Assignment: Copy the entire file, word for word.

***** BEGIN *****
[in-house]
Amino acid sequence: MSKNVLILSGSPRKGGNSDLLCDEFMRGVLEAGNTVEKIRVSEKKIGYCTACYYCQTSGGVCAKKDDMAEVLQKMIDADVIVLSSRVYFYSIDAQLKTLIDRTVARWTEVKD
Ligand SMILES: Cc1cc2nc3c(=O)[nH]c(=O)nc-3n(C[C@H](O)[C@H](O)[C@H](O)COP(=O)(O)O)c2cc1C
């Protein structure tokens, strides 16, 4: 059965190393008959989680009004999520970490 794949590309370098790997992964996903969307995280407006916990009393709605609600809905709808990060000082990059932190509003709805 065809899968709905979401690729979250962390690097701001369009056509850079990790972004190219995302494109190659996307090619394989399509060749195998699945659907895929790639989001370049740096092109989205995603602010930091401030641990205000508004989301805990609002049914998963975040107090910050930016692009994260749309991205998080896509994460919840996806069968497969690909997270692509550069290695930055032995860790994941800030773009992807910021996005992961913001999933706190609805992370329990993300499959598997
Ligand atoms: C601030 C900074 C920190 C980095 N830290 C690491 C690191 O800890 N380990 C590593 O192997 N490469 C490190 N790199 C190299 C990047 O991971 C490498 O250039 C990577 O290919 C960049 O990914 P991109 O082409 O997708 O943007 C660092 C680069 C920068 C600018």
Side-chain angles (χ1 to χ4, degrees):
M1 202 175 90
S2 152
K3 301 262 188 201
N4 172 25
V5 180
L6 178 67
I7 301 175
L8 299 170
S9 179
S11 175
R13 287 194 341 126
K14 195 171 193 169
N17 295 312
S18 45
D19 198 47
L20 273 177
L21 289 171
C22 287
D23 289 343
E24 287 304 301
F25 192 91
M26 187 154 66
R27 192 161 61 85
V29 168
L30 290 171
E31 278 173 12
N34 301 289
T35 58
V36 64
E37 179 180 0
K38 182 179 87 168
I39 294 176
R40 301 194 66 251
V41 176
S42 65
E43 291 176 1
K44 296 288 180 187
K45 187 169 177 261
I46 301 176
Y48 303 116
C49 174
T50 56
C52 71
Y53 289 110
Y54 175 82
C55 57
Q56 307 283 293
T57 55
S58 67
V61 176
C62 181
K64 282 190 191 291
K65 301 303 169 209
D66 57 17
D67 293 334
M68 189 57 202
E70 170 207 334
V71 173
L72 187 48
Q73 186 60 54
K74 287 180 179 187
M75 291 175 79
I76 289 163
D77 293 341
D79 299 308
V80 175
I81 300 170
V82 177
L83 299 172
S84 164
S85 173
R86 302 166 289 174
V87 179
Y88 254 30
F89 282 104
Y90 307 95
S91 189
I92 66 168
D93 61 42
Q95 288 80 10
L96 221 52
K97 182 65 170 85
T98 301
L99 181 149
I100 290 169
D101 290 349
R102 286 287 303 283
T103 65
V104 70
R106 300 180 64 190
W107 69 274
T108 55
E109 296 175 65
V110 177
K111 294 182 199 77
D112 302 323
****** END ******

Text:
[in-house]
Amino acid sequence: MSKNVLILSGSPRKGGNSDLLCDEFMRGVLEAGNTVEKIRVSEKKIGYCTACYYCQTSGGVCAKKDDMAEVLQKMIDADVIVLSSRVYFYSIDAQLKTLIDRTVARWTEVKD
Ligand SMILES: Cc1cc2nc3c(=O)[nH]c(=O)nc-3n(C[C@H](O)[C@H](O)[C@H](O)COP(=O)(O)O)c2cc1C
């Protein structure tokens, strides 16, 4: 059965190393008959989680009004999520970490 794949590309370098790997992964996903969307995280407006916990009393709605609600809905709808990060000082990059932190509003709805 065809899968709905979401690729979250962390690097701001369009056509850079990790972004190219995302494109190659996307090619394989399509060749195998699945659907895929790639989001370049740096092109989205995603602010930091401030641990205000508004989301805990609002049914998963975040107090910050930016692009994260749309991205998080896509994460919840996806069968497969690909997270692509550069290695930055032995860790994941800030773009992807910021996005992961913001999933706190609805992370329990993300499959598997
Ligand atoms: C601030 C900074 C920190 C980095 N830290 C690491 C690191 O800890 N380990 C590593 O192997 N490469 C490190 N790199 C190299 C990047 O991971 C490498 O250039 C990577 O290919 C960049 O990914 P991109 O082409 O997708 O943007 C660092 C680069 C920068 C600018």
Side-chain angles (χ1 to χ4, degrees):
M1 202 175 90
S2 152
K3 301 262 188 201
N4 172 25
V5 180
L6 178 67
I7 301 175
L8 299 170
S9 179
S11 175
R13 287 194 341 126
K14 195 171 193 169
N17 295 312
S18 45
D19 198 47
L20 273 177
L21 289 171
C22 287
D23 289 343
E24 287 304 301
F25 192 91
M26 187 154 66
R27 192 161 61 85
V29 168
L30 290 171
E31 278 173 12
N34 301 289
T35 58
V36 64
E37 179 180 0
K38 182 179 87 168
I39 294 176
R40 301 194 66 251
V41 176
S42 65
E43 291 176 1
K44 296 288 180 187
K45 187 169 177 261
I46 301 176
Y48 303 116
C49 174
T50 56
C52 71
Y53 289 110
Y54 175 82
C55 57
Q56 307 283 293
T57 55
S58 67
V61 176
C62 181
K64 282 190 191 291
K65 301 303 169 209
D66 57 17
D67 293 334
M68 189 57 202
E70 170 207 334
V71 173
L72 187 48
Q73 186 60 54
K74 287 180 179 187
M75 291 175 79
I76 289 163
D77 293 341
D79 299 308
V80 175
I81 300 170
V82 177
L83 299 172
S84 164
S85 173
R86 302 166 289 174
V87 179
Y88 254 30
F89 282 104
Y90 307 95
S91 189
I92 66 168
D93 61 42
Q95 288 80 10
L96 221 52
K97 182 65 170 85
T98 301
L99 181 149
I100 290 169
D101 290 349
R102 286 287 303 283
T103 65
V104 70
R106 300 180 64 190
W107 69 274
T108 55
E109 296 175 65
V110 177
K111 294 182 199 77
D112 302 323